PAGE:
This work presents a historically informed, systematic exposition of the Christology of the first seven Ecumenical Councils of undivided Christendom, from the First Council of Nicaea in 325 AD to the Second Council of Nicaea in 787 AD. Assuming the truth of Conciliar Christology for the sake of argument, TimothyPawl considers whether there are good philosophical arguments that show a contradiction or incoherence in that doctrine. He presents the definitions of important terms in the debate and a (...) helpful metaphysics for understanding the incarnation. -/- In Defense of Conciliar Christology discusses three types of philosophical objections to Conciliar Christology. Firstly, it highlights the fundamental philosophical problem facing Christology: how can one thing be both God and man, when anything deserving to be called "God" must have certain attributes, and yet it seems that nothing that can aptly be called "man" can have those same attributes? It then considers the argument that if the Second Person of the Holy Trinity were immutable or atemporal, as Conciliar Christology requires, then that Person could not become anything, and thus could not become man. Finally, Pawl addresses the objection that if there is a single Christ then there is a single nature or will in Christ. However, if that conditional is true, then Conciliar Christology is false, since it affirms the antecedent of the conditional to be true, but denies the truth of the consequent. Pawl defends Conciliar Christology against these charges, arguing that all three philosophical objections fail to show Conciliar Christology inconsistent or incoherent. (shrink)
In a recent issue of Faith and Philosophy, Steven Cowan calls into question our success in responding to what we called the “Problem of Heavenly Free- dom” in our earlier “Incompatibilism, Sin, and Free Will in Heaven.” In this reply, we defend our view against Cowan’s criticisms.
The traditional view of heaven holds that the redeemed in heaven both have free will and are no longer capable of sinning. A number of philosophers have argued that the traditional view is problematic. How can someone be free and yet incapable of sinning? If the redeemed are kept from sinning, their wills must be reined in. And if their wills are reined in, it doesn’t seem right to say that they are free. Following James Sennett, we call this objection (...) to the traditional view of heaven ‘the Problem of Heavenly Freedom’. In this paper, we discuss and criticize four attempts to respond to the Problem of Heavenly Freedom. We then offer our own response to this problem which both preserves the traditional view of heaven and avoids the objections which beset the other attempts. (shrink)
In this article I present St. Thomas Aquinas’s views on the possibility of multiple incarnations. First I disambiguate four things one might mean when saying that multiple incarnations are possible. Then I provide and justify what I take to be Aquinas’s answers to these questions, showing the intricacies of his argumentation and concluding that he holds an extremely robust view of the possibility of multiple incarnations. According to Aquinas, I argue, there could be three simultaneously existing concrete rational natures, each (...) of which is assumed by all three of the Divine Persons, all at the same time. (shrink)
In this article I canvas the options available to a proponent of the traditional doctrine of the incarnation against a charge of incoherence. In particular, I consider the charge of incoherence due to incompatible predications both being true of the same one person, the God-man Jesus Christ. For instance, one might think that any- thing divine has to have certain attributes – perhaps omnipotence, or impassibility. But, the charge continues, nothing human can be omnipotent or impassible. And so nothing can (...) be divine and human. So Christ is not both God and man, contrary to the traditional doctrine of the incarnation. To do so, first, in Section II, I will present the problem as a deductively valid argument. I then, in that section, go on to show that the proponent of traditional Christology should grant all but one premise of the argument. In the remaining sections I will canvas possible solutions to the problem. In Section III I discuss three ways to deny Premise 3 of the forthcoming argument. These ways include a Kenotic response, qua-modification (in four versions), and finally a response that accepts the compatibility of the allegedly incompatible predicates. (shrink)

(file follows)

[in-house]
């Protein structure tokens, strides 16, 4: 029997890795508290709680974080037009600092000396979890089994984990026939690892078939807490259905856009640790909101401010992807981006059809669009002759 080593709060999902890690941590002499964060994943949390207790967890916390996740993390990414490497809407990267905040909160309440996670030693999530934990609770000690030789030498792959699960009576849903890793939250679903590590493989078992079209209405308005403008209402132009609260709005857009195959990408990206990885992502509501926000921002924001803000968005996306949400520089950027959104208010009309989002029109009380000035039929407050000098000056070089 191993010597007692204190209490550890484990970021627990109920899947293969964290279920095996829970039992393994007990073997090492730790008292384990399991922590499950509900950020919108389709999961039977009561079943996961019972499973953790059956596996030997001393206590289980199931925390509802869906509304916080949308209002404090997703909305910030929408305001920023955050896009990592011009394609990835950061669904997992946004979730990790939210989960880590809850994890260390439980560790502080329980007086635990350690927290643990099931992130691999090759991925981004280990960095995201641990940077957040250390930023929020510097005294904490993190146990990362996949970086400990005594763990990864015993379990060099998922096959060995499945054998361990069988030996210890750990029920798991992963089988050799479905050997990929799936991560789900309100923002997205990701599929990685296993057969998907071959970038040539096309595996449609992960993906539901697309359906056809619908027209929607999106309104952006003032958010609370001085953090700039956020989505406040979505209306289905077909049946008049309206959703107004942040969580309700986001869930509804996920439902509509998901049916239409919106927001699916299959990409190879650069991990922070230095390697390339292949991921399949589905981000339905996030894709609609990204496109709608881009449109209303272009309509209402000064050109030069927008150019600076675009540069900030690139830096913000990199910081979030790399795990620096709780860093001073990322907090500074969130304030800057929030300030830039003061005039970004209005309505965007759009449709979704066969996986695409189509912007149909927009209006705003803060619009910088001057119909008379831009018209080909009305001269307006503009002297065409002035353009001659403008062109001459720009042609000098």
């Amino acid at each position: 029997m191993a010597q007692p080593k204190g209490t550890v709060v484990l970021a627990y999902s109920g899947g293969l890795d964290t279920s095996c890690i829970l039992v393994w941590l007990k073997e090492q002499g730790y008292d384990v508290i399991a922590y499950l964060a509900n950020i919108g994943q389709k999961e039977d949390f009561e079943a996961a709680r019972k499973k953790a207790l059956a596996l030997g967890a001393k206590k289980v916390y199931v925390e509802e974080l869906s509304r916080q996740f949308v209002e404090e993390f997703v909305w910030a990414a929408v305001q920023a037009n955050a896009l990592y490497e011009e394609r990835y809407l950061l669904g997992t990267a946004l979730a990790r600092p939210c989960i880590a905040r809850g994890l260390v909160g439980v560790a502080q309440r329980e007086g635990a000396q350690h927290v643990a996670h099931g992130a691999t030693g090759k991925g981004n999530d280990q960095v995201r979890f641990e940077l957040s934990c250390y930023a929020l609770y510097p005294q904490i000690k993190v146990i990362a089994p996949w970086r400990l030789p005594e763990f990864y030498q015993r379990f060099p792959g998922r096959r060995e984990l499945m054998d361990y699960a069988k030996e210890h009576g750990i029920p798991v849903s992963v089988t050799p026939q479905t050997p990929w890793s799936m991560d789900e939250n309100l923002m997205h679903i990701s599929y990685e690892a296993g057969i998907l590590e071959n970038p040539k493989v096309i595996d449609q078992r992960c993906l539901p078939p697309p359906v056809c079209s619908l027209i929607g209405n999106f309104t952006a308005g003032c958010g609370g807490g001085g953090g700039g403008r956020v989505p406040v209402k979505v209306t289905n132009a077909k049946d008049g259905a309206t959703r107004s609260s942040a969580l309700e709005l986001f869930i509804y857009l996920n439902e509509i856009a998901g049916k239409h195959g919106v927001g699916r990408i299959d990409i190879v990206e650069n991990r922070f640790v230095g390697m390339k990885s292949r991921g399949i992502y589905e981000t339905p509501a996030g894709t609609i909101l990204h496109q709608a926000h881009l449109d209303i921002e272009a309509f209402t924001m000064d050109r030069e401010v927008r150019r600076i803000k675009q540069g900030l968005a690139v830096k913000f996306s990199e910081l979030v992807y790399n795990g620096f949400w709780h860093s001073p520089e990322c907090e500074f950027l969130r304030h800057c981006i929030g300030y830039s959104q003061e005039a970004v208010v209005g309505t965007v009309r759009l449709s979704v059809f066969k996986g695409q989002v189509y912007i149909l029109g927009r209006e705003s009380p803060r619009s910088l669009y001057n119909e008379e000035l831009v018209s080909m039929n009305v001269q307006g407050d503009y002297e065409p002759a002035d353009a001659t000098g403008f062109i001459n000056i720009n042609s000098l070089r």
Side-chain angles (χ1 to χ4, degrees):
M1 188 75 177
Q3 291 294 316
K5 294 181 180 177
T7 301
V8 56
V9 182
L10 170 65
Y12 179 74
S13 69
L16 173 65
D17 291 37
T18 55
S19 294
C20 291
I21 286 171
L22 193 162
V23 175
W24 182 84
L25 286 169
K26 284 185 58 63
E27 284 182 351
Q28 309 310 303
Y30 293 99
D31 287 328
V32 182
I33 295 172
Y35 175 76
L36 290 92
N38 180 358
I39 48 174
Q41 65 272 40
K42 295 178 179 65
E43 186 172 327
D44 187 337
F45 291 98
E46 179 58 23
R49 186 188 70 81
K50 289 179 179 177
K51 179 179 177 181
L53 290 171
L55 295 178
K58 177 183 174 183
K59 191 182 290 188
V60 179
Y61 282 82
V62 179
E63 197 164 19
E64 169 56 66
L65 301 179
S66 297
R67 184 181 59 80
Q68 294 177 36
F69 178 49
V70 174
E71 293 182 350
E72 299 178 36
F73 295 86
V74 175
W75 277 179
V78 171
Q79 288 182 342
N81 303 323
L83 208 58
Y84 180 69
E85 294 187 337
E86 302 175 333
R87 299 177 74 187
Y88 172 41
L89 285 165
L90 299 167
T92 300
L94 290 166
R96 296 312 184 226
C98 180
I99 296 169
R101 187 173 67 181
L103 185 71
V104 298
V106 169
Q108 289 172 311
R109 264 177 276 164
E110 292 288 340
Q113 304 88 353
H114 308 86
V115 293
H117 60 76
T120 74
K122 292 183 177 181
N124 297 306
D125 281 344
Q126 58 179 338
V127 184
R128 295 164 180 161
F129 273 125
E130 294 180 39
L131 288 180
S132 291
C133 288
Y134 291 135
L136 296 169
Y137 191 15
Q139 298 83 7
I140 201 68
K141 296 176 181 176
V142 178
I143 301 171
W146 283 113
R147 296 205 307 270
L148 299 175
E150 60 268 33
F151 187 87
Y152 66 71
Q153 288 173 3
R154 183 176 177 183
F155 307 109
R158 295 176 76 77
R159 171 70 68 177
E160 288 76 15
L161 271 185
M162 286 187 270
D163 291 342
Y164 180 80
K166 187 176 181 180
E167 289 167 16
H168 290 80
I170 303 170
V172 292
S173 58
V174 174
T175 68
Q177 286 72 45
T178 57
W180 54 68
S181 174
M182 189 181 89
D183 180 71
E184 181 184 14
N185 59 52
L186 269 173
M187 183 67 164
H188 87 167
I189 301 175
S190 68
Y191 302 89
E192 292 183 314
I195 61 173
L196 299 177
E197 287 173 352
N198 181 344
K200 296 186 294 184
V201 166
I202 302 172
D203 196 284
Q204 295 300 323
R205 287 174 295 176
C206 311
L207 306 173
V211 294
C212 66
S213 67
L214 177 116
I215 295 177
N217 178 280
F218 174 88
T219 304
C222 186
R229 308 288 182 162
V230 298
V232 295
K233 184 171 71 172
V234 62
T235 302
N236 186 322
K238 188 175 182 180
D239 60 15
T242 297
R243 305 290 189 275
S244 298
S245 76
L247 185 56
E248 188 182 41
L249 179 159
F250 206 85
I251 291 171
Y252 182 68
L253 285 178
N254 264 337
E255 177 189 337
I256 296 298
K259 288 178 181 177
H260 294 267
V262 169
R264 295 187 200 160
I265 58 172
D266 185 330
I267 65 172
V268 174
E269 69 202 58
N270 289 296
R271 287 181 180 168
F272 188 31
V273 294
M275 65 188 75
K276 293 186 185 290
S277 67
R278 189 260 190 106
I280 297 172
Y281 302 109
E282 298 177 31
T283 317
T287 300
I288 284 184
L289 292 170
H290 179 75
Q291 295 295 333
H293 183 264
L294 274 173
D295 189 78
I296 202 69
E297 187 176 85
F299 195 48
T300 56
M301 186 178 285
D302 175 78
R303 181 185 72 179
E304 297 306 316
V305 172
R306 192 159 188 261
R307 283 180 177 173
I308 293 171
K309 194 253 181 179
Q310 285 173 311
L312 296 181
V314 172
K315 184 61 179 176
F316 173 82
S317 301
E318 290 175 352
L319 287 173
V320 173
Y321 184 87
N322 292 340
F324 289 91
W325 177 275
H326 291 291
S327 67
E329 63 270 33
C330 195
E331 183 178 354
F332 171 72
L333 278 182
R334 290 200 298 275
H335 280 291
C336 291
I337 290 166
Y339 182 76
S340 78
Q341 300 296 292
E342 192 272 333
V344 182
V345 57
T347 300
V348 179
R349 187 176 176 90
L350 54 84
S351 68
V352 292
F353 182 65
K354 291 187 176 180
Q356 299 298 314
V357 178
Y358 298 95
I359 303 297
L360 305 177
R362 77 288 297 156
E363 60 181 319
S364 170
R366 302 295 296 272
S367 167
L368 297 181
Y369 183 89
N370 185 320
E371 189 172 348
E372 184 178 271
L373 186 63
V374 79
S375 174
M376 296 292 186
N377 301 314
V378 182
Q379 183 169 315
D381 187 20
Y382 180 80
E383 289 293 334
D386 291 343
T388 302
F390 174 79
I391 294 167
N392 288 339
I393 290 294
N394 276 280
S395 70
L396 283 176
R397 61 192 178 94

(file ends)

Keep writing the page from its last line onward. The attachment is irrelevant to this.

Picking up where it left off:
I consider the fundamental philosophical problem for Christology: how can one and the same person, the Second Person of the Trinity, be both God and man. For being God implies having certain attributes, perhaps immutability, or impassibility, whereas being human implies having apparently inconsistent attributes. This problem is especially vexing for the proponent of Conciliar Christology – the Christology taught in the Ecumenical Councils – since those councils affirm that Christ is both mutable and immutable, both passible and impassible, etc. (...) Many extant solutions to this problem approach it by claiming that the predicates are incompatible when said of the same thing without qualification, but that once the appropriate qualification is added, compatibility is achieved. I provide a different approach. Here I argued that the predicates can be understood so that they are compatible. I then work out the logical relations between the predicates, so understood, showing that no contradiction follows from understanding them in the way I suggest. After that, I consider some of the motivations we have for believing the purportedly incompatible pairs to be, in fact, incompatible, and argue that, on the view offered here, we can salvage most of our intuitions that motivate taking the predicates as incompatible. Finally, I consider three objections. (shrink)